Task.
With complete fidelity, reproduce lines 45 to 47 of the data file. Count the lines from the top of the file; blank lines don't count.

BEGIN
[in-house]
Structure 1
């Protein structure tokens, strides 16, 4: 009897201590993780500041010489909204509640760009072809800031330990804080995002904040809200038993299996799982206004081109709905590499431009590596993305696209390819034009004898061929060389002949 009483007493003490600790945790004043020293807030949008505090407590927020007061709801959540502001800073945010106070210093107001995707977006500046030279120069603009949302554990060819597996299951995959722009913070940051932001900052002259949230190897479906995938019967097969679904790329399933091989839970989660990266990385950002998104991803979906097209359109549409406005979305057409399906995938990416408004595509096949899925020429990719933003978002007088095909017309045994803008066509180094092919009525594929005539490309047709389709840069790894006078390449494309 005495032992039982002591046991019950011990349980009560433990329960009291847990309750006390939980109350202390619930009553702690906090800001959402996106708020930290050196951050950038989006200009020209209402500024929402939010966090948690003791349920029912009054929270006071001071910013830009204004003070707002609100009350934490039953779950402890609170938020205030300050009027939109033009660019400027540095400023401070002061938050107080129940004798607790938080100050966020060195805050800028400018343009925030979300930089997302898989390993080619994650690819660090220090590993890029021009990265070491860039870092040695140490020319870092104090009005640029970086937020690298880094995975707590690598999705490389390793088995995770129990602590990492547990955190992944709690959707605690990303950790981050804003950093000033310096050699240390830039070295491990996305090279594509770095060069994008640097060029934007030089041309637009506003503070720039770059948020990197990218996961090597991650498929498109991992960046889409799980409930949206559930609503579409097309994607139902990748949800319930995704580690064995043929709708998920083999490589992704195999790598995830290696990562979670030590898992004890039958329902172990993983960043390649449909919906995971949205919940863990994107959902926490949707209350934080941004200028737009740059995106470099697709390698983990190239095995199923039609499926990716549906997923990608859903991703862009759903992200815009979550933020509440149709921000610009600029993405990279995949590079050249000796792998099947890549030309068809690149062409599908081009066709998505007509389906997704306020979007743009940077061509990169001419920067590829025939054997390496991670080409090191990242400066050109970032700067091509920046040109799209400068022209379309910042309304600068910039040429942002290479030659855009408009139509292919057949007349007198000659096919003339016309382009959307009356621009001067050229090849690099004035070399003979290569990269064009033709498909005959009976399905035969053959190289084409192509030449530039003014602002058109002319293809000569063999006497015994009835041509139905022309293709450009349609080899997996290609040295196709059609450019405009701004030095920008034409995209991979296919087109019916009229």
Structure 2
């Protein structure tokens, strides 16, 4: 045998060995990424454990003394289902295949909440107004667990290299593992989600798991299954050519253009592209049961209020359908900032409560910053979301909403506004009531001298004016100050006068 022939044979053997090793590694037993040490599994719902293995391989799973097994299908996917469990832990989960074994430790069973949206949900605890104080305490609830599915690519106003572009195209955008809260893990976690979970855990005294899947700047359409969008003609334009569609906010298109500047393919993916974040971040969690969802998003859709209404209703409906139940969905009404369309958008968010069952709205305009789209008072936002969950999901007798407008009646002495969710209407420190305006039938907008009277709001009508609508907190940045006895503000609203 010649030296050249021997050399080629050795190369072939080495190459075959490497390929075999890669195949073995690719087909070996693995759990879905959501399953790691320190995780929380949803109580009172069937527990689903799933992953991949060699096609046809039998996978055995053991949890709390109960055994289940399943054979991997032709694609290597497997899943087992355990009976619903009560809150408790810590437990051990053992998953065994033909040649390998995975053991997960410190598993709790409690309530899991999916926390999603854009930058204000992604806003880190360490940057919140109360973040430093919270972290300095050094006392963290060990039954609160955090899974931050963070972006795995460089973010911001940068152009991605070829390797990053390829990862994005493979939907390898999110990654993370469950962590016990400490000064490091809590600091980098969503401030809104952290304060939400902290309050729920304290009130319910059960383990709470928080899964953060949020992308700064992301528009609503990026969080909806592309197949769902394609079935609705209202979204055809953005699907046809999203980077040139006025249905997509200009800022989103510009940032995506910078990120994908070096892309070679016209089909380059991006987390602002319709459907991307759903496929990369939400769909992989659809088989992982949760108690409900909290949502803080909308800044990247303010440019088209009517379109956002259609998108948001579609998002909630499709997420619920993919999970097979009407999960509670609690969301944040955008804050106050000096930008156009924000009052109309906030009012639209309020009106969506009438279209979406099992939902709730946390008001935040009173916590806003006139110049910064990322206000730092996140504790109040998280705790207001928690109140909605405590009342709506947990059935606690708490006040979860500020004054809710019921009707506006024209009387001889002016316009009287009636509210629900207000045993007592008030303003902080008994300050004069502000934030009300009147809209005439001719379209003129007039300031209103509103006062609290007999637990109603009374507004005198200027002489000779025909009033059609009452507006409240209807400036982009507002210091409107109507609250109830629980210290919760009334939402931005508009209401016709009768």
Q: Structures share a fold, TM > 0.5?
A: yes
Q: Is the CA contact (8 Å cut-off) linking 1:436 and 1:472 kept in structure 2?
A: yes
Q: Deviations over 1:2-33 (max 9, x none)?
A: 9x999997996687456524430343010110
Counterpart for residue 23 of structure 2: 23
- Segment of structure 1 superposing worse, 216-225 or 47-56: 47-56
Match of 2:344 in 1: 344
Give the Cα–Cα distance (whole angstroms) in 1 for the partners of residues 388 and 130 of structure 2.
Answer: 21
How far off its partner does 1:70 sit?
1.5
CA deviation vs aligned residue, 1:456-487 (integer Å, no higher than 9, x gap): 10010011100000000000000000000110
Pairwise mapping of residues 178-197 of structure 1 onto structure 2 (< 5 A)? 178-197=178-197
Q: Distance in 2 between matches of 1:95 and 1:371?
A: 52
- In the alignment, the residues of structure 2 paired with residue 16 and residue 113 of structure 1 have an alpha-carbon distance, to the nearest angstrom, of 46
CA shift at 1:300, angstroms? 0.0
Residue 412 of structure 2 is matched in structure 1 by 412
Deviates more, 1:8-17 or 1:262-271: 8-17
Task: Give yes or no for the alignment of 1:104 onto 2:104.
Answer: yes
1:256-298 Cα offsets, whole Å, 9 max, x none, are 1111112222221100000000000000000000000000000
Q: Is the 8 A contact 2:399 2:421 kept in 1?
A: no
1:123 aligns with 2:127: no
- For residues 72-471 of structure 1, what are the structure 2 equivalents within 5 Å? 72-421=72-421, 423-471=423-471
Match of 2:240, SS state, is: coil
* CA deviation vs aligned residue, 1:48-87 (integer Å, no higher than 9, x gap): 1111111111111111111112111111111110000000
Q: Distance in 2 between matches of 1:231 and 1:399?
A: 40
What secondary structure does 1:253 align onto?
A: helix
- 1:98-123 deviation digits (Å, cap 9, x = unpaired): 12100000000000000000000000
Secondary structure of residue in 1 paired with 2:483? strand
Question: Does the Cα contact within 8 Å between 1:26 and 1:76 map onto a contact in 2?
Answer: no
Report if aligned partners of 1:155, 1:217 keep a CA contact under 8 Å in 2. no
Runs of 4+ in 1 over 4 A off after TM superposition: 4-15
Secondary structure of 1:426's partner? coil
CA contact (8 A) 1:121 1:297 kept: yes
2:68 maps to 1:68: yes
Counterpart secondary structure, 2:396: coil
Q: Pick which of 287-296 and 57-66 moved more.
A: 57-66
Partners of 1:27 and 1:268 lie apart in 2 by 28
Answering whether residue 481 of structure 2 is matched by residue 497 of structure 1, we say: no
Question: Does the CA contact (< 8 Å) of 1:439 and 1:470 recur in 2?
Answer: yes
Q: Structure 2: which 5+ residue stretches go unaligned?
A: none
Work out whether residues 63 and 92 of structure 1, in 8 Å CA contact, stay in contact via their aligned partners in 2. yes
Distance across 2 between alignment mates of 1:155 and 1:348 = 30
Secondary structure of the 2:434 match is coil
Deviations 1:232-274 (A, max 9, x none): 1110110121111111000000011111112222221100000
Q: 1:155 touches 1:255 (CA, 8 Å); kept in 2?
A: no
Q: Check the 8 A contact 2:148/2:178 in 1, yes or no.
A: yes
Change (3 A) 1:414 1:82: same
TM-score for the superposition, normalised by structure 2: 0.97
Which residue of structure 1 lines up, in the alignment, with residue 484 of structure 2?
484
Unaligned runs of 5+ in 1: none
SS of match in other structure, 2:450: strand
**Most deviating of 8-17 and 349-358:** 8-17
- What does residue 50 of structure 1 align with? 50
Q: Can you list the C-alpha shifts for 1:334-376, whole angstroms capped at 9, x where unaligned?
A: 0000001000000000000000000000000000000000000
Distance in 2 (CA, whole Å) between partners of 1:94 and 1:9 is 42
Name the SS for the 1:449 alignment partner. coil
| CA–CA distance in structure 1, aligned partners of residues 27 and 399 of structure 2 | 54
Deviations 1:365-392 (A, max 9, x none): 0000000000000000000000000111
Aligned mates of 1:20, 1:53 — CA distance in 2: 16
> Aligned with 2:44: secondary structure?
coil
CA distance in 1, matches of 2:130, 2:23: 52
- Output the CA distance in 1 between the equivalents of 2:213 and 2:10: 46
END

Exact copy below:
Runs of 4+ in 1 over 4 A off after TM superposition: 4-15
Secondary structure of 1:426's partner? coil
CA contact (8 A) 1:121 1:297 kept: yes